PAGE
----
La Garden City, une référence pour le requalification de la ville diffuse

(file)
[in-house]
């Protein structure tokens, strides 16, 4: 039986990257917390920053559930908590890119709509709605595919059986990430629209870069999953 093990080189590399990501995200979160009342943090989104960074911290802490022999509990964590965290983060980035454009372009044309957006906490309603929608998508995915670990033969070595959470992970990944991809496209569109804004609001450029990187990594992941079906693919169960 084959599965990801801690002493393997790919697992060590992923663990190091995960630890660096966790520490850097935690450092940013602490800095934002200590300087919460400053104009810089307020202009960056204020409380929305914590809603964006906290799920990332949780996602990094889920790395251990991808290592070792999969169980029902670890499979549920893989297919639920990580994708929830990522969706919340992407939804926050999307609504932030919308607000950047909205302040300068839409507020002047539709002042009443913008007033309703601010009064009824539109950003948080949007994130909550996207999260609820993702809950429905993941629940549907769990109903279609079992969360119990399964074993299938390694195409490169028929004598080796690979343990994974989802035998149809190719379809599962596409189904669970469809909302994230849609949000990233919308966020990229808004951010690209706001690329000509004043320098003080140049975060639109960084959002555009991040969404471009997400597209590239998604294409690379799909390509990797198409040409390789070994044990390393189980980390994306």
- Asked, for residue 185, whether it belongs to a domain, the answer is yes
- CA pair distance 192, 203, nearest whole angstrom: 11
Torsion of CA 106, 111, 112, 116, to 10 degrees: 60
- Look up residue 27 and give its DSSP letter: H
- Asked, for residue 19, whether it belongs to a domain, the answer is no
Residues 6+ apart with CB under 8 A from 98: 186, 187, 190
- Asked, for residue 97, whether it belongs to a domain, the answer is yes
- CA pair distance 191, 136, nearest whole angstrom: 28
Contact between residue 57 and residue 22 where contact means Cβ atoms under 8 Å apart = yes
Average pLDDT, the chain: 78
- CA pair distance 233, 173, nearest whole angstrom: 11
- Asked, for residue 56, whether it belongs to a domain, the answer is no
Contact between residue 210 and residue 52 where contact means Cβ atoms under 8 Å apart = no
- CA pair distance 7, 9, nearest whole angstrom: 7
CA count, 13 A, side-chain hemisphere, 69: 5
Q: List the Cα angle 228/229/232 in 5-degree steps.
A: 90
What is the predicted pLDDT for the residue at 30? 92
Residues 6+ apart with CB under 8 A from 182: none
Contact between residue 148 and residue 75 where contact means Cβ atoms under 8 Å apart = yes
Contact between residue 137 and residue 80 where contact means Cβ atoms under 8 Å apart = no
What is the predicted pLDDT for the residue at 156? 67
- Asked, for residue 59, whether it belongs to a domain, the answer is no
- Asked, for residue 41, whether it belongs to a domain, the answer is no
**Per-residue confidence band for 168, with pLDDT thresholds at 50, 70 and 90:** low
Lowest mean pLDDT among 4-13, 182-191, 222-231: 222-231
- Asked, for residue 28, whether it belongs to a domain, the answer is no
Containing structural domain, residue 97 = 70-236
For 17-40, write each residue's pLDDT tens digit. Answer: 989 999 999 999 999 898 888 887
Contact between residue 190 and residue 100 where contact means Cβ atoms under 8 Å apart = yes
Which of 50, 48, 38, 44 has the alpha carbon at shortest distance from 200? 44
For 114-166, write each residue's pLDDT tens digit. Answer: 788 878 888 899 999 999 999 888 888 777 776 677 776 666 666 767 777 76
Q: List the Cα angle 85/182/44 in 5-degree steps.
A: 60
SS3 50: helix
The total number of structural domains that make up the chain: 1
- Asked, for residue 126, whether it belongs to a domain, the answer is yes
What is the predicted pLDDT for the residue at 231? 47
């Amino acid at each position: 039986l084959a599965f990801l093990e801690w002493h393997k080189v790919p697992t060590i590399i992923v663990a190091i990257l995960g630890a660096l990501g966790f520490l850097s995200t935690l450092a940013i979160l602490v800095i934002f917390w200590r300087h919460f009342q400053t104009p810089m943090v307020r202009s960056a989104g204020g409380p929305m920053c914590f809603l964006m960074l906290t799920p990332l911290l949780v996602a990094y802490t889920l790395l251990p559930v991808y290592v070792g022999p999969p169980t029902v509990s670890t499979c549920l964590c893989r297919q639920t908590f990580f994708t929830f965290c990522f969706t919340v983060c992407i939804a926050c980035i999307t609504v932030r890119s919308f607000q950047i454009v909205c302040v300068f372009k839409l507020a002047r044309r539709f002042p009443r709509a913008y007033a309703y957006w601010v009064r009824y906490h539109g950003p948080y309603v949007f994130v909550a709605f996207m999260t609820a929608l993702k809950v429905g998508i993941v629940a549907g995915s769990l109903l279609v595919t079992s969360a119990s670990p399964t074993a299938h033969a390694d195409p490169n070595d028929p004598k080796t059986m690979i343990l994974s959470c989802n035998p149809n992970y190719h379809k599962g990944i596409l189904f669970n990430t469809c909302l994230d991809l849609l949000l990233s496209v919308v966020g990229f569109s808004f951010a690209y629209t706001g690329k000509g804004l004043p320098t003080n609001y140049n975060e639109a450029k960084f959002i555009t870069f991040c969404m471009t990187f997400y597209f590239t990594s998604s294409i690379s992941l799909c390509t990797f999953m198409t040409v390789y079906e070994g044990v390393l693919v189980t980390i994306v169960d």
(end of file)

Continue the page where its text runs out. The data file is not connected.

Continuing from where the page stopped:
Conceived at the end of the 19th century by Ebenezer Howard and implemented in Letchworth then Welwyn, the garden cities model is based on the desire to offer quality housing to the working classes. Since then, this model has been used throughout the world and adapted to local institutional contexts. The garden city concept was recently promoted by David Cameron's government to deal with Britain's housing crisis that had been worsening for several decades. This news renewed interest in the garden city as an economic, social and political alternative to the current model of the manufacture of the city. By mobilizing collective governance, non-speculative management of land and experimental urban forms, the new garden city is an object of study in its own right. The originality of our communication is to propose cross-disciplinary views between several disciplines of the social sciences (history, urbanism, economy) on the model of the garden city and to build this reflection between researchers and professionals. The hypothesis is that this model incorporates principles that invite renewal of territorial action. First, history shows us the durability and adaptability of the model. Moreover, the rules of operation, management of land resources and collective action anchor garden cities as Commons in the sense of Ostrom (1990). The model of management of the garden city by the community of inhabitants is thus a form of local welfare state (Hardy, 2010). Finally, the model of the garden city seems to us to offer relevant elements for the construction of a project of restructuring of the città diffusa in different European countries as it allows an urbanism answer to issues particularly related to the consumption of agricultural land, to mobility, the cost of housing and to living together.